22, No. 11, Dec. 6, 2002
A report on honors,
awards, appointments and other outstanding achievements of faculty and
Two faculty members in the College of Agricultural, Consumer and Environmental
Sciences were recently honored with 2002 Food and Agricultural Sciences
Excellence in College and University Teaching Awards. Now in its 11th
year, the awards program acknowledges that "excellence in education
can only be achieved when teachers are adequately prepared, highly motivated,
and appropriately rewarded."
Shelly J. Schmidt, professor
of food chemistry in the department of food science and human nutrition,
received a national award, and Darrel
J. Kesler, professor of animal sciences, received a
regional award for the north central region. The annual awards are sponsored
by the U.S. Department of Agriculture, the American Association of State
Colleges and Universities and the National Association of State Universities
and Land-Grant Colleges.
ACES has had seven recipients in 11 years, the most in the nation.
natural history survey
A program in the UI Office of Continuing
Education was selected by the University Continuing
Education Association to receive a 2002 Celebration of Excellence award.
The award is designed to encourage innovation and distinction in continuing
The program, "Biodiversity, Wetlands and Biological Control-Purple
Loosestrife: A Case Study," was developed by Michael
R. Jeffords and Robert
N. Wiedenmann of the Illinois
Natural History Survey to show teachers and environmentalists
options for fighting invasive species using natural controls rather
than pesticides and poisons. The program gives middle school and high
school science teachers curriculum ideas and plans for incorporating
environmental lessons into their classroom.
The course, a collaborative effort with the Illinois Natural History
Survey, was offered online. The course will serve as a model for future
environmental programs offered by the office, combining the interactivity
and rigor of a traditional classroom experience with the flexibility
of an online program.
Wendy Jackson, head of
environmental programs for the Office of Continuing Education, accepted
the award at the UCEA annual conference in Minneapolis in October.
Nick Holonyak Jr., professor
of electrical and computer engineering, will receive the 2003 Institute
of Electrical and Electronics Engineers (IEEE) Medal of Honor. Holonyak
is being honored "for a career of pioneering contributions to semiconductors,
including the growth of semiconductor alloys and hetero-junctions, and
to visible light-emitting diodes and injection lasers."
During the last decade, Holonyak and his students invented a process
that enables the formation of high-quality oxide layers on any aluminum-bearing
III-V compound semiconductor. The oxide process has had a major impact
on vertical-cavity surface emitting lasers (VCSELs), making them practical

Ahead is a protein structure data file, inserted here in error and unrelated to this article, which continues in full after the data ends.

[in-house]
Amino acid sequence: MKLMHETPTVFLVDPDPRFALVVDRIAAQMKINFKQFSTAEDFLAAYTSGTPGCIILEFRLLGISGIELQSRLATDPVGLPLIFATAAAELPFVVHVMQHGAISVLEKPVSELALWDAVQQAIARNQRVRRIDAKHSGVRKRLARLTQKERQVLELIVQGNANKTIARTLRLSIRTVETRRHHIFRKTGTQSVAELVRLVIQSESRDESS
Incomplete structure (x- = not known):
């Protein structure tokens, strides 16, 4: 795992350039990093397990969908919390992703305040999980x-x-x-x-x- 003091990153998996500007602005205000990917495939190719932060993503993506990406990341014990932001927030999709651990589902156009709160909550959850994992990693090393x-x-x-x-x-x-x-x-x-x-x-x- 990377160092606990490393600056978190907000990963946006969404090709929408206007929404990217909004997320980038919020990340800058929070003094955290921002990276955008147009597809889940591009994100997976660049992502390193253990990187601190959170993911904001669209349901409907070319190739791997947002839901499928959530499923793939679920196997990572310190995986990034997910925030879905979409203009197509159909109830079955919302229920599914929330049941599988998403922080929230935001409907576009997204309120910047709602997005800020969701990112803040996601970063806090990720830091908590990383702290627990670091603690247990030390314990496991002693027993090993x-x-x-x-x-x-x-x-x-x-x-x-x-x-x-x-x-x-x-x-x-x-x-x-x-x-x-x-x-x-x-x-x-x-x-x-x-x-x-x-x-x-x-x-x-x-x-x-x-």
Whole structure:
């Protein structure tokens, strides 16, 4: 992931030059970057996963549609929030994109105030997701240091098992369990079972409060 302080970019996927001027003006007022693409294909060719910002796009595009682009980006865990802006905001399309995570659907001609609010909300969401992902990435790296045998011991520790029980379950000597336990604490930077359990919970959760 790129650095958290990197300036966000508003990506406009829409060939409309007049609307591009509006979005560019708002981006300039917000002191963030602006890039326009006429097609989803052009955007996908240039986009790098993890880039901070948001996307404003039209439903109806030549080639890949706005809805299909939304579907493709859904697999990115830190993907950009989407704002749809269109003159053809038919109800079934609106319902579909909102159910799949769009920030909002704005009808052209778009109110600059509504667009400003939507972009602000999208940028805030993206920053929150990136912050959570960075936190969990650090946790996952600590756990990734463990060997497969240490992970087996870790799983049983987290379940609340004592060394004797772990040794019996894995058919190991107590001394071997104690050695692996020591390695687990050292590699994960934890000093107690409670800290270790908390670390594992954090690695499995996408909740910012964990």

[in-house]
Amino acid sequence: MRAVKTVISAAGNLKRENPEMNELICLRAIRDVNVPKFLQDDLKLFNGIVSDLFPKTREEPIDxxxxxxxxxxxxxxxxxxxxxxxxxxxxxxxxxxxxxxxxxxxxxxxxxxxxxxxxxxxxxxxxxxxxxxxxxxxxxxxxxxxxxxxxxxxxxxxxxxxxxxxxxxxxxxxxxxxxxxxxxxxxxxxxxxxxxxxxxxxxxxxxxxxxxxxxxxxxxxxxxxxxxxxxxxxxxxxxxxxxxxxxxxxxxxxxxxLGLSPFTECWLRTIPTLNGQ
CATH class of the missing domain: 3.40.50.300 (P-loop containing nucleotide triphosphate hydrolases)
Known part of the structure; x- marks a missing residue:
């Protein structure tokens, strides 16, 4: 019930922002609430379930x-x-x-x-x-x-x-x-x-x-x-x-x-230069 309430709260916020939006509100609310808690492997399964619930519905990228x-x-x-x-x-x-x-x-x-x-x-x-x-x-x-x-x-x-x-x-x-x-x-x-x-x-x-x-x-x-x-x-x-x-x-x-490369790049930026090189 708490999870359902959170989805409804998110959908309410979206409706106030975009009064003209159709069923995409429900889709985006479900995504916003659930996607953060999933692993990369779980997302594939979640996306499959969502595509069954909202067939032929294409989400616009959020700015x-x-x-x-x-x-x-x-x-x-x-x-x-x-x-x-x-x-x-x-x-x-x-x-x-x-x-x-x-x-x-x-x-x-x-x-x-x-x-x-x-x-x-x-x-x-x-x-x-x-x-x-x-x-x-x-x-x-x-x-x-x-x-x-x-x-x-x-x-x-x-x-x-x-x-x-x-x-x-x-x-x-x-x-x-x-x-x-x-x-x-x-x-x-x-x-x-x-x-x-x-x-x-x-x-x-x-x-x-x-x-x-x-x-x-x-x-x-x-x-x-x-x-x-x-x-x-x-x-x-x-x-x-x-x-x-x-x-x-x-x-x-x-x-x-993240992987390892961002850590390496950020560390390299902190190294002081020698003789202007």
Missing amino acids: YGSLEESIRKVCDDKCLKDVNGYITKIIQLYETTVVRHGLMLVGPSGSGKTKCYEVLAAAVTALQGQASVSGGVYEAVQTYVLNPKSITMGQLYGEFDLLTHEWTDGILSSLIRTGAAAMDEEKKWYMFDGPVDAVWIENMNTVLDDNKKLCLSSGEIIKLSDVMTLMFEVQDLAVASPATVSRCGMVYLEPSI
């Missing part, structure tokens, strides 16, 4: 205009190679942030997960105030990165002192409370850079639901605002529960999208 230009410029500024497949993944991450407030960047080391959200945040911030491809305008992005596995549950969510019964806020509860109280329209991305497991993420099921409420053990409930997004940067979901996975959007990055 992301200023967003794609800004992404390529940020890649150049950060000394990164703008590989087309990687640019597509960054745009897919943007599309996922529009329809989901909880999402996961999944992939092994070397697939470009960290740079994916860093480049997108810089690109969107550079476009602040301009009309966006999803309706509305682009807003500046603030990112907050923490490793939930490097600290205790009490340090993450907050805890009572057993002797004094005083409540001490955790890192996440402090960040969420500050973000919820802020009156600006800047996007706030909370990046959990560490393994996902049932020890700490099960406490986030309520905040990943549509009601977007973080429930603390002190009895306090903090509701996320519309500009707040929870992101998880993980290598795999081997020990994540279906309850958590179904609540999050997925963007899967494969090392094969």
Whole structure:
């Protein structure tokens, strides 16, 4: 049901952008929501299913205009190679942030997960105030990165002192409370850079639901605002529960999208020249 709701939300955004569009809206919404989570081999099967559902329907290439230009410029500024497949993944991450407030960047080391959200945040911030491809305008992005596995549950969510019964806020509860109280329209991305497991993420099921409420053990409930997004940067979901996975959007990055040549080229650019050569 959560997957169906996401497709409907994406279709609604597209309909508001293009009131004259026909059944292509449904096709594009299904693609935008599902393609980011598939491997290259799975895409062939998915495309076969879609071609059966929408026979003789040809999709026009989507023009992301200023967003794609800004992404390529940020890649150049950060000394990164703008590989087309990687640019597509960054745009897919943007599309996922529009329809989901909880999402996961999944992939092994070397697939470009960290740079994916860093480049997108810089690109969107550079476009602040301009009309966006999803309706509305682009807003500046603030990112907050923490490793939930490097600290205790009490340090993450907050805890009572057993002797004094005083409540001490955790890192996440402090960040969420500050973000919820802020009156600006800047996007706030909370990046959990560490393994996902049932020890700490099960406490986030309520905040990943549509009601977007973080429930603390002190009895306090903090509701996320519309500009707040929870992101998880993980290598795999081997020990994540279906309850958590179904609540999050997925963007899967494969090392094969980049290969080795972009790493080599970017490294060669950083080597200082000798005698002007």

for such applications as optical and data communications. His more recent
research focuses on coupling quantum-dot lasers to quantum-well lasers.
Holonyak is the fourth UI faculty member and third ECE alumnus to win
the Medal of Honor, IEEE’s highest award. ECE hosted a reception
Dec. 4 to congratulate Holonyak.
and applied arts
Robert I. Selby, professor
and associate director for graduate studies, School of Architecture,
has been elected to the national board of directors of the American
Institute of Architects (AIA). Selby, currently president of AIA Illinois,
will be installed as the Illinois Region Director Dec. 6 at the AIA
Headquarters in Washington, D.C. He will serve a three-year term.
arts and sciences
Martin Gruebele, Alumni
Research Scholar in the department of chemistry, has been elected a
Fellow in the American Physical Society, with a primary affiliation
with the Division of Biological Physics. Each year, no more than one-half
of 1 percent of the membership of the Society is recognized by peers
for election to the status of Fellow in the APS. Gruebele is internationally
known for his research on how proteins fold.
The APS Fellowship Program was created to recognize members who may
have made advances in knowledge through original research and publication
or made significant and innovative contributions in the application
of physics to science and technology. They also may have made significant
contributions to the teaching of physics or service to APS and participation
in the activities of the society.
Maurice Friedberg, Center
for Advanced Study Professor of Russian Literature and Professor Emeritus,
department of Slavic languages and literature, received the Distinguished
Contribution Award in Slavic Studies at the 34th AAASS National Convention
in Pittsburgh in November. The American Association for the Advancement
of Slavic Studies presents this award each year to a distinguished member
for a lifetime of achievement in the field of Slavic studies.
Julian I. Palmore, professor
of mathematics and in the Program in Arms Control, Disarmament and International
Security, was elected a Fellow of the World Innovation Foundation on
Oct. 7. He also has been invited by the foundation to be the United
States’ national representative to W.I.F.